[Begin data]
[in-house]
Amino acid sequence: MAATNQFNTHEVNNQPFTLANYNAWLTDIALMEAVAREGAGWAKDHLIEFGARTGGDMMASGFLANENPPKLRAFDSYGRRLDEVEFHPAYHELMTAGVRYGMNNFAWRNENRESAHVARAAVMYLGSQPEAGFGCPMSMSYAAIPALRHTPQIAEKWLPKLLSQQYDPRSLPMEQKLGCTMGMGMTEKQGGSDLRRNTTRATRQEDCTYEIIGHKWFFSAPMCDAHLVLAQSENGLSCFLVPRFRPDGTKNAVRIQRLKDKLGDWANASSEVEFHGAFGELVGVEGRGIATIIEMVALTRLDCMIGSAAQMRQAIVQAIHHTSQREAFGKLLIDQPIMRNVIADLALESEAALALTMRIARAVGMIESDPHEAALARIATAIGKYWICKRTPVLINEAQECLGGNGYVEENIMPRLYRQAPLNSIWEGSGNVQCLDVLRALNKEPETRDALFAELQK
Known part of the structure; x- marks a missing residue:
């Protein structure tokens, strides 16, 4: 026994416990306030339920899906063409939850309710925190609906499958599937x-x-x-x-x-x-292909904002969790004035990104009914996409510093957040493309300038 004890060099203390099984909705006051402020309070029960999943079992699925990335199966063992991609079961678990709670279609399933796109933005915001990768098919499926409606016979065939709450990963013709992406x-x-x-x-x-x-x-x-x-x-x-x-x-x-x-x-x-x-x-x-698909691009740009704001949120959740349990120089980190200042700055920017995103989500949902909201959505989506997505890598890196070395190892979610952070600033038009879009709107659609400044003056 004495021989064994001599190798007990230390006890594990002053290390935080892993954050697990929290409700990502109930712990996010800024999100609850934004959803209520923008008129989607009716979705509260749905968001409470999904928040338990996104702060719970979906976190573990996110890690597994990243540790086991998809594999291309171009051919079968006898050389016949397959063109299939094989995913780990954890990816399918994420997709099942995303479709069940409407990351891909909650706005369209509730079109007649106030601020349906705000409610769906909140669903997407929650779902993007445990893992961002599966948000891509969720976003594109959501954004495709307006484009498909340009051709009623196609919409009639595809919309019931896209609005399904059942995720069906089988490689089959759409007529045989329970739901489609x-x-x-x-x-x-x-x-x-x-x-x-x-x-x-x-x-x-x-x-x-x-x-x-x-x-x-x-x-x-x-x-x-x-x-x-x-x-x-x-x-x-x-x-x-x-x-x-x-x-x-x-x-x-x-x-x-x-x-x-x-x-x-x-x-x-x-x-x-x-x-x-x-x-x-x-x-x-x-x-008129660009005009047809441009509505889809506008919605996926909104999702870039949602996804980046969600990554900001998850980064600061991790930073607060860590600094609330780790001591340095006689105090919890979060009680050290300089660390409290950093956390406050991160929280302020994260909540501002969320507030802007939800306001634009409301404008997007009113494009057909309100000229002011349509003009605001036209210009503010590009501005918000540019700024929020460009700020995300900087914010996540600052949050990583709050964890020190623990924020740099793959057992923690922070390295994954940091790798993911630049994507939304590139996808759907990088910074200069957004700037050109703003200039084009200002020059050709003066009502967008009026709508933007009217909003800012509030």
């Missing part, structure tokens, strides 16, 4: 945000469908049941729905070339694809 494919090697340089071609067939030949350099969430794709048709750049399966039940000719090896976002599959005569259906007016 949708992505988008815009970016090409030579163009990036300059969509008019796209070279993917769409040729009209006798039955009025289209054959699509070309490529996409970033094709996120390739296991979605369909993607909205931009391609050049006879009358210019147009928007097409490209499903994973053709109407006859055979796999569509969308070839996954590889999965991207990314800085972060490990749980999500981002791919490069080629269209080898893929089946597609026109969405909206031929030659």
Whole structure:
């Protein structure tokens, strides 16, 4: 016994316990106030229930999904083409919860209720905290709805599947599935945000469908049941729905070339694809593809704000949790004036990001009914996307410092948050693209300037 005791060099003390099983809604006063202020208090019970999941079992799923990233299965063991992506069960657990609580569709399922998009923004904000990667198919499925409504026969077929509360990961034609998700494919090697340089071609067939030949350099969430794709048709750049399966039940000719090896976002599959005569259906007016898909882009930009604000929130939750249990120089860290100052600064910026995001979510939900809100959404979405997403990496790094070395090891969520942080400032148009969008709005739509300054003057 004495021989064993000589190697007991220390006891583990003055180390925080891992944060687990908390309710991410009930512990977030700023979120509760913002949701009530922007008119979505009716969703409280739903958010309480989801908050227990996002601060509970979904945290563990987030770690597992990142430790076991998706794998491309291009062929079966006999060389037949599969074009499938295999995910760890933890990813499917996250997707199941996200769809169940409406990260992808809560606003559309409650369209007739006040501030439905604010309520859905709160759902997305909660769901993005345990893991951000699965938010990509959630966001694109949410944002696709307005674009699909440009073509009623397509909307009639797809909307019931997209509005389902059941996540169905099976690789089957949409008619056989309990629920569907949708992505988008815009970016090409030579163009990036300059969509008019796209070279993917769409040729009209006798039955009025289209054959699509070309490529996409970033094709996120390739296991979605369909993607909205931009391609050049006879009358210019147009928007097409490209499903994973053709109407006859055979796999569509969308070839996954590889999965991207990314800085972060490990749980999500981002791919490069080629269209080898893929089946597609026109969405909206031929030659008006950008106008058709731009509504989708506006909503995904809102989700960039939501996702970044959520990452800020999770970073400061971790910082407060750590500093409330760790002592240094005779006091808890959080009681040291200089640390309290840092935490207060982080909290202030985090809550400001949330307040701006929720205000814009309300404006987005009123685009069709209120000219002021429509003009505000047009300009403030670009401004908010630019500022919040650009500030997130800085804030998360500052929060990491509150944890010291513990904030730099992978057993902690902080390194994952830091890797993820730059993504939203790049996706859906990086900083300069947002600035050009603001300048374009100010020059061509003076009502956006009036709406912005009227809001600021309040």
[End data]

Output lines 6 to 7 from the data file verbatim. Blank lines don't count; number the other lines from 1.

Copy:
Whole structure:
């Protein structure tokens, strides 16, 4: 016994316990106030229930999904083409919860209720905290709805599947599935945000469908049941729905070339694809593809704000949790004036990001009914996307410092948050693209300037 005791060099003390099983809604006063202020208090019970999941079992799923990233299965063991992506069960657990609580569709399922998009923004904000990667198919499925409504026969077929509360990961034609998700494919090697340089071609067939030949350099969430794709048709750049399966039940000719090896976002599959005569259906007016898909882009930009604000929130939750249990120089860290100052600064910026995001979510939900809100959404979405997403990496790094070395090891969520942080400032148009969008709005739509300054003057 004495021989064993000589190697007991220390006891583990003055180390925080891992944060687990908390309710991410009930512990977030700023979120509760913002949701009530922007008119979505009716969703409280739903958010309480989801908050227990996002601060509970979904945290563990987030770690597992990142430790076991998706794998491309291009062929079966006999060389037949599969074009499938295999995910760890933890990813499917996250997707199941996200769809169940409406990260992808809560606003559309409650369209007739006040501030439905604010309520859905709160759902997305909660769901993005345990893991951000699965938010990509959630966001694109949410944002696709307005674009699909440009073509009623397509909307009639797809909307019931997209509005389902059941996540169905099976690789089957949409008619056989309990629920569907949708992505988008815009970016090409030579163009990036300059969509008019796209070279993917769409040729009209006798039955009025289209054959699509070309490529996409970033094709996120390739296991979605369909993607909205931009391609050049006879009358210019147009928007097409490209499903994973053709109407006859055979796999569509969308070839996954590889999965991207990314800085972060490990749980999500981002791919490069080629269209080898893929089946597609026109969405909206031929030659008006950008106008058709731009509504989708506006909503995904809102989700960039939501996702970044959520990452800020999770970073400061971790910082407060750590500093409330760790002592240094005779006091808890959080009681040291200089640390309290840092935490207060982080909290202030985090809550400001949330307040701006929720205000814009309300404006987005009123685009069709209120000219002021429509003009505000047009300009403030670009401004908010630019500022919040650009500030997130800085804030998360500052929060990491509150944890010291513990904030730099992978057993902690902080390194994952830091890797993820730059993504939203790049996706859906990086900083300069947002600035050009603001300048374009100010020059061509003076009502956006009036709406912005009227809001600021309040």